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Artist Band Biography: A B C D E F G H I J K L M N O P Q R S T U V W X Y Z

James Brown - Music Artist Band Bio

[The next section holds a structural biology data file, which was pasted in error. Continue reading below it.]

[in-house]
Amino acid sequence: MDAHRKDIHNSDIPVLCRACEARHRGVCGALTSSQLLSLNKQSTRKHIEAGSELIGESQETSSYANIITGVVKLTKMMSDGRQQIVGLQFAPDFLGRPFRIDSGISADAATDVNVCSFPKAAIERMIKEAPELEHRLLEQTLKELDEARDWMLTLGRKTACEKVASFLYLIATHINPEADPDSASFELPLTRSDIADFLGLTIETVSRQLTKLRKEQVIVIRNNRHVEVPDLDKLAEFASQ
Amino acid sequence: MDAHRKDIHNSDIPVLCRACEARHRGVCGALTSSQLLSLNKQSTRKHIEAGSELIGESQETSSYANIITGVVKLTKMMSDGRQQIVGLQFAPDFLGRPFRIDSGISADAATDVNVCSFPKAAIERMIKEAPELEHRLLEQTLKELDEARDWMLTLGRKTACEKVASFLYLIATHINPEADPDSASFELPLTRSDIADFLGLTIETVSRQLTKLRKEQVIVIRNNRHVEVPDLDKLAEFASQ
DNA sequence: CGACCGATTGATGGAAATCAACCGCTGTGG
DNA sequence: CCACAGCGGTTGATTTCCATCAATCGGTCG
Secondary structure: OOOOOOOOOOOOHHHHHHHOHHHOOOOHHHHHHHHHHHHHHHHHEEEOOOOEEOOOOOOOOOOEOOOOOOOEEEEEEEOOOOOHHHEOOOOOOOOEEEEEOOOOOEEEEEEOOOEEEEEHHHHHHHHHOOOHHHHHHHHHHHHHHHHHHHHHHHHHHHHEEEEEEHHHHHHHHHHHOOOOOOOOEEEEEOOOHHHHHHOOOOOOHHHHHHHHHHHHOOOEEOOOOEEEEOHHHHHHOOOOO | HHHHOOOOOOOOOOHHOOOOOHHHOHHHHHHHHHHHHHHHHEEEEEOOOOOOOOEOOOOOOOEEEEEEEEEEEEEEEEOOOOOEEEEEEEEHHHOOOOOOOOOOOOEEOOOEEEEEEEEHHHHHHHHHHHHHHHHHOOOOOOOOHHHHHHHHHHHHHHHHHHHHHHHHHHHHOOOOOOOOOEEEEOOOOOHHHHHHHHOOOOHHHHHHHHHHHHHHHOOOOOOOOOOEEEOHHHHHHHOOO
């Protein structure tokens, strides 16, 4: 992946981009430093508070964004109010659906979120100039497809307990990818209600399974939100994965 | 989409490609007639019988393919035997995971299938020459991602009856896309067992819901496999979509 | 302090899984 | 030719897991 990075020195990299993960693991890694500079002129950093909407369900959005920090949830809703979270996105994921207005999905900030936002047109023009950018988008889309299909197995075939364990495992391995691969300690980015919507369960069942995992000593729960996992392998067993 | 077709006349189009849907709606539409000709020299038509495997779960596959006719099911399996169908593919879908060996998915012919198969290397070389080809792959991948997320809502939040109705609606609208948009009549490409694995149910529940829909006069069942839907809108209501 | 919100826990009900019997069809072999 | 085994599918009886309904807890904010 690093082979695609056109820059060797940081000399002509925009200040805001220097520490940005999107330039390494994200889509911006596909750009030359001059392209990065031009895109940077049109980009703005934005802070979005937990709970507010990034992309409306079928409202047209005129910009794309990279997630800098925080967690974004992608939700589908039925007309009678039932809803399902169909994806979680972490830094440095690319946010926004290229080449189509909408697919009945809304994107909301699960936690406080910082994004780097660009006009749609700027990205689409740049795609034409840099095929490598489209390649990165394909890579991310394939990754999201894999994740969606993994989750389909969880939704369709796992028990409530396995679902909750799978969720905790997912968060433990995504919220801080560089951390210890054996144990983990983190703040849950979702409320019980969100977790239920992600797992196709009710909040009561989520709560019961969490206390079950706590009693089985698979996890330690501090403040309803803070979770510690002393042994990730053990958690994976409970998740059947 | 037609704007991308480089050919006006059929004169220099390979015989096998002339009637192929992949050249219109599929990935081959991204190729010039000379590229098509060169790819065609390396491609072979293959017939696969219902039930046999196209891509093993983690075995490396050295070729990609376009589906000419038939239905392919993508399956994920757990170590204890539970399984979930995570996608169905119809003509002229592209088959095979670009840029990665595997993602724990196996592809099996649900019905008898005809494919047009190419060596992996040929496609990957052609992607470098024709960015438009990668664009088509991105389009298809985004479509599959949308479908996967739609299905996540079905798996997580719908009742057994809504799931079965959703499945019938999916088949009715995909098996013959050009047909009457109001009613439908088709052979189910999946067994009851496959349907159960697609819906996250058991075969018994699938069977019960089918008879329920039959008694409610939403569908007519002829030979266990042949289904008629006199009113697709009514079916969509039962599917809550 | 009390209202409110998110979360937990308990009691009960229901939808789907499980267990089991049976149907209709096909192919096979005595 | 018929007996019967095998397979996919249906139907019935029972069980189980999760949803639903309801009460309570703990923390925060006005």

Born 3 May 1928, Barnwell, South Carolina, USA. Brown claims he was born in 1933 in Macon, Georgia. "The Hardest Working Man In Showbusiness", "The Godfather Of Soul", "The Minister Of The New New Super Heavy Funk" - such sobriquets only hint at the protracted James Brown legend. Convicted of theft at the age of 16, he was imprisoned at the Alto Reform School, but secured an early release on the approbation of local singer Bobby Byrd. Brown later joined his group, the Gospel Starlighters, who evolved into the Flames after embracing R&Born In 1955 they recorded a demo of "Please Please Please" at WIBB, a Macon, Georgia radio station. Local airplay was such that talent scout Ralph Bass signed the group to the King/Federal company. A re-recorded version of the song was issued in March 1956. Credited to "James Brown And The Famous Flames", it eventually climbed to number 5 in the US R&B list. Further releases fared poorly until 1958, when "Try Me" rose to number 1 in the same chart. Once again Brown found it difficult to maintain this level of success, but "I'll Go Crazy" and "Think" (both 1960) put his progress on a surer footing. From thereon, until 1977, almost every "official" single charted. However, it was an album, Live At The Apollo (1963), that assuredly established the singer. Raw, alive and uninhibited, this shattering collection confirmed Brown as the voice of black America - every track on the album is a breathtaking event. More than 30 years on, with all the advances in recording technology, this album stands as one of the greatest live productions of all time.